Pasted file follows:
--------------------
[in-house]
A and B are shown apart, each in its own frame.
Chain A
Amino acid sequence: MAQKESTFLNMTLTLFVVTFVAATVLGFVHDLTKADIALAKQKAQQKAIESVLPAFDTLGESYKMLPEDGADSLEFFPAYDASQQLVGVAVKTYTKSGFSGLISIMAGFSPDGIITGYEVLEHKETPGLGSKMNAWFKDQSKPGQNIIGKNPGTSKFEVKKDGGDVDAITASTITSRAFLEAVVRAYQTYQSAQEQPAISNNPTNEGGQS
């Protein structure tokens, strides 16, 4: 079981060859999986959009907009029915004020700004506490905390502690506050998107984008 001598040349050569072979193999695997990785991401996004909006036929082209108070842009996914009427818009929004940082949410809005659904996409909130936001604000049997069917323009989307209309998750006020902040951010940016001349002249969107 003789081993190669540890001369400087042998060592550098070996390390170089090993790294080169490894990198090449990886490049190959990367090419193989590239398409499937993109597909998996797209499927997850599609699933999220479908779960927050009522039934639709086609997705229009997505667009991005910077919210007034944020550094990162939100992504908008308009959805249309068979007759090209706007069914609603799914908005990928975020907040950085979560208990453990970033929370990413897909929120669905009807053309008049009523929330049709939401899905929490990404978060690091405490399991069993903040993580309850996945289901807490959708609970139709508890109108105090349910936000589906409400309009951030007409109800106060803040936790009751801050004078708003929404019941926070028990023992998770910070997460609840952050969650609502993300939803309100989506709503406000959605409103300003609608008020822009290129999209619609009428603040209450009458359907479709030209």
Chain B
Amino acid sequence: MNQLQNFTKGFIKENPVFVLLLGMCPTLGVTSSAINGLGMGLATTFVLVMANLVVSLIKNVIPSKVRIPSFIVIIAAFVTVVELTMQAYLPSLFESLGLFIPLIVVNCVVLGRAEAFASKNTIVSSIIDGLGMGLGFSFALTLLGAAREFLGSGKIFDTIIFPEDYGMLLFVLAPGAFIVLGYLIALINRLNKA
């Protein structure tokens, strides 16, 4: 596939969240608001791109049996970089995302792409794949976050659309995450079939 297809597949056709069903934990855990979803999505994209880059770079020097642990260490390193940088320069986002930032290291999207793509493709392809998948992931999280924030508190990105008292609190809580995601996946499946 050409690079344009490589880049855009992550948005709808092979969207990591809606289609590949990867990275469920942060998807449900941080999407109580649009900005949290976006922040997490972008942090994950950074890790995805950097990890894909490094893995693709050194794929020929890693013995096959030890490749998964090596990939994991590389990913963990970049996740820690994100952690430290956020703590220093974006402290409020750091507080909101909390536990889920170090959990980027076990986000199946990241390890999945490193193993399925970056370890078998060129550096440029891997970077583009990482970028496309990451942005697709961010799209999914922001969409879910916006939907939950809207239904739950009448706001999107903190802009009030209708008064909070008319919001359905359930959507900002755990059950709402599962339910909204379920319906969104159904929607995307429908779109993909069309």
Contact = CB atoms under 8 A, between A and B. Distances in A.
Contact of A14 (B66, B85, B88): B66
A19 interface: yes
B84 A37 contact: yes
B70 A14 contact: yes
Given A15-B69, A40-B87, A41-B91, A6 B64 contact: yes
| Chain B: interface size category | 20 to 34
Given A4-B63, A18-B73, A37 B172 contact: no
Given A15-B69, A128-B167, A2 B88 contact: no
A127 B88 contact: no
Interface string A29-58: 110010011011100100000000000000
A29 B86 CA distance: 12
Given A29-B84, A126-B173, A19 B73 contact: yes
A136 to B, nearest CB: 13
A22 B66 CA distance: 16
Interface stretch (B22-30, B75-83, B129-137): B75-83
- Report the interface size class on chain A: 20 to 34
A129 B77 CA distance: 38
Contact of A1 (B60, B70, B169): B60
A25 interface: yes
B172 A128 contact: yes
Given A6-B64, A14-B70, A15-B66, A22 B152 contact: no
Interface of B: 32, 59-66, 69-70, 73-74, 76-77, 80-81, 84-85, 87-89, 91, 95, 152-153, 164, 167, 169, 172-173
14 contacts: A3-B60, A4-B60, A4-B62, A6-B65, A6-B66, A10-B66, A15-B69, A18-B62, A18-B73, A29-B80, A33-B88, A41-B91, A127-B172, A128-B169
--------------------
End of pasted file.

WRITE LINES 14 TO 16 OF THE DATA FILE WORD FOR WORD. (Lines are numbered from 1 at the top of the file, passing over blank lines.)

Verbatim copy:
Given A15-B69, A40-B87, A41-B91, A6 B64 contact: yes
| Chain B: interface size category | 20 to 34
Given A4-B63, A18-B73, A37 B172 contact: no